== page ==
"You stand accused of being green. How do you plead?"

 The thing is, even though you might not agree with the way they've done it, you as a human being can understand where they are coming from. Imagine if Earth was overrun by what we can assume to be aliens. They kill off at least half the population, set up empires, enslave people (and those are the lucky ones). Would you not have a mad-on for anything not-human? Fear and the drive to keep the human race alive drove these people to new heights of technology and forged a people that could beat back world-ending threats.

So, to recap; the human race, the race you as a human belong to, was saved by a group of human supremacists that based their entire empire off of Nazi Germany circa 1940. Feeling a little dirty? You should. In Rifts the distinction between what is right and what is evil is blurry as hell. I mean, the saviors of humanity are running around with these!

 "The PR department is making a kinder, gentler Coalition... with Skelebots"

But that's the fun of Rifts! It can make you detest the bad guy and still kind of root for them. In games like D&D and Pathfinder we are often introduced to irredeemable villains or outright physical personifications of evil with few exceptions. To cast in this gray-scale of morality would play merry-hell with alignments and the very concept of divinity.

I have personally used the Coalition as a basis for a kingdom in one of my Pathfinder homebrews. A largely militaristic and religion-oriented society, the kingdom was very anti-magic, employing only government licensed war mages that were treated like second-class citizens. Practitioners of magic were executed and non-humans were oppressed with very few exceptions. The catch is that their anti-magic rhetoric has actually stopped several catastrophic magical events and event prevented a world-ending cataclysm.

Bad guys that do good things make for interesting bad guys, and make you question what "bad" really means. Always ask questions.

3. Splatbooks That Build A World Instead Of A Catalogue
So often major publishers fall into the trap of over saturating the market with a new product every month, be it a module, world book, race book, class book, setting book, or something in between. And while these all add a little something to the overall game, it also detracts a bit as well. D&D 3.5 had 44 different classes, Pathfinder currently has 36 (not including archetypes and class variants). Already you have a lot of customization, but isn't that a little much? It is nothing compared to Rifts.

Rifts, on the other hand, has 259 different classes. That doesn't include racial classes or other beings from Teenage Mutant Ninja Turtles, Heroes Unlimited, Ninjas and Superspies, or the original Palladium Role-Playing game (all of which are compatible and feasible in Rifts). Now that seems really excessive, except when you take into consideration how it is presented.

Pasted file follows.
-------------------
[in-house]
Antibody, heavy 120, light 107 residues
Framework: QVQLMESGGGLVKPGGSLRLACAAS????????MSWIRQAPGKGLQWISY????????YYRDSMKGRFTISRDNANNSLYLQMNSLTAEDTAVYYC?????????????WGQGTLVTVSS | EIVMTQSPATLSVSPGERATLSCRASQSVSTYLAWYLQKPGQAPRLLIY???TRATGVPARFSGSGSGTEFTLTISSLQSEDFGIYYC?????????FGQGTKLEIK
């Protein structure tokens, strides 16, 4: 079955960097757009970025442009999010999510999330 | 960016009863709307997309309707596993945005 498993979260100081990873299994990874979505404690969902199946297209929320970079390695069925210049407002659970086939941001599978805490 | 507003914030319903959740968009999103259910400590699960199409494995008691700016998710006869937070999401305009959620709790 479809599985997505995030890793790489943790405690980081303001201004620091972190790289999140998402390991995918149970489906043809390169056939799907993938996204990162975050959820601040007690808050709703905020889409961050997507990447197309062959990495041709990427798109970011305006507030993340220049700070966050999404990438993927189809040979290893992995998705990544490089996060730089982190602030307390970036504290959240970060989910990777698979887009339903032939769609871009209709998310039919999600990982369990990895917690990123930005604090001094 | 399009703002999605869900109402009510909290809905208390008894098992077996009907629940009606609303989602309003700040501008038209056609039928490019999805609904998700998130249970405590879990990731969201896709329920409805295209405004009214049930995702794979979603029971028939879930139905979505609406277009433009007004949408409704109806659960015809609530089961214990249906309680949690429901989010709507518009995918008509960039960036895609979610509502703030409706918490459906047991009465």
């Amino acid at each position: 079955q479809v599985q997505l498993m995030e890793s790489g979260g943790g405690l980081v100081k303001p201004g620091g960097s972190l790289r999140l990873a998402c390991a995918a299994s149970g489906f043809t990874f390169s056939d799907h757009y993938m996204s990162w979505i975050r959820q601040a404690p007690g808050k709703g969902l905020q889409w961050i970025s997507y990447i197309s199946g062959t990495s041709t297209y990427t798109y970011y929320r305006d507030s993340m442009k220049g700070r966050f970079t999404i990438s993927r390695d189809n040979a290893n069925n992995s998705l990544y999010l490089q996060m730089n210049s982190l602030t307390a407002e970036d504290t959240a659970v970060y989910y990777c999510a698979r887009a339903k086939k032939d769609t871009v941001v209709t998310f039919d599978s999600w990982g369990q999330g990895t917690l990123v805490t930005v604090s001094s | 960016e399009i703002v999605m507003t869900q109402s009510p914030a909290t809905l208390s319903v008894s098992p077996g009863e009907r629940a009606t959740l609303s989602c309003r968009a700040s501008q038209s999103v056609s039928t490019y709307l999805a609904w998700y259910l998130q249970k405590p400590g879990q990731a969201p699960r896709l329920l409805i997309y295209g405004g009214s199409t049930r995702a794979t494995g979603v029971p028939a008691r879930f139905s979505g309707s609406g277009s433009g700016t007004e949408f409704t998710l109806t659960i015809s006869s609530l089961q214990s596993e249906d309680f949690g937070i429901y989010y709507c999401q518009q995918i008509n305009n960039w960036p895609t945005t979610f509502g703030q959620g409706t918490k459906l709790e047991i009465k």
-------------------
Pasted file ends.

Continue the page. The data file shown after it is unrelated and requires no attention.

"With a butt-ton of books."

 While other publishers will dedicate whole books to new classes and races, Rifts did it in a way that built upon the already existing world. New races and classes were introduced with different parts of the world, their cultures, and how those entities interacted with that corner of the globe. Every single class and race, no matter how outlandishly unbalanced it was, fit into that part of the world and could easily be exported to other parts of Rifts-Earth.

While it may be very setting-centric, it doesn't diminish that each character class and racial class was in itself a piece of world building. They were important to the setting. If you removed the fighter from D&D or Pathfinder, the barbarian, or a battle cleric, or any number of variants can step in, and it would have no effect on the setting it was in. If you remove the Triax Glitterboy (yes, glitterboy is actually a thing), then the supernatural creatures that run rampant over Europe would crush the New German Republic and rule over the continent with an iron tentacle, or whatever it is they have at the time. Each class is a little piece of the world. Remove it, and you remove a piece that makes the setting more interesting.

There we are. Three things that Rifts has done well, and other RPG's could take a page from their many many books. Just not from a mechanics standpoint. Or a balance standpoint. Or a market standpoint. Wow, thank the Gods the setting is so good.

On a side note: Today is the day! Voting is up for The ENnie Awards, and you can vote for your (hopefully) favorite Bard under the Fan Favorite Publisher section. I'm not saying give me a 1... but I am not not saying it either. Go forth, vote for your favorite publishers, and give the Bard a little love!

Roll well, my friends,
+Ed The Bard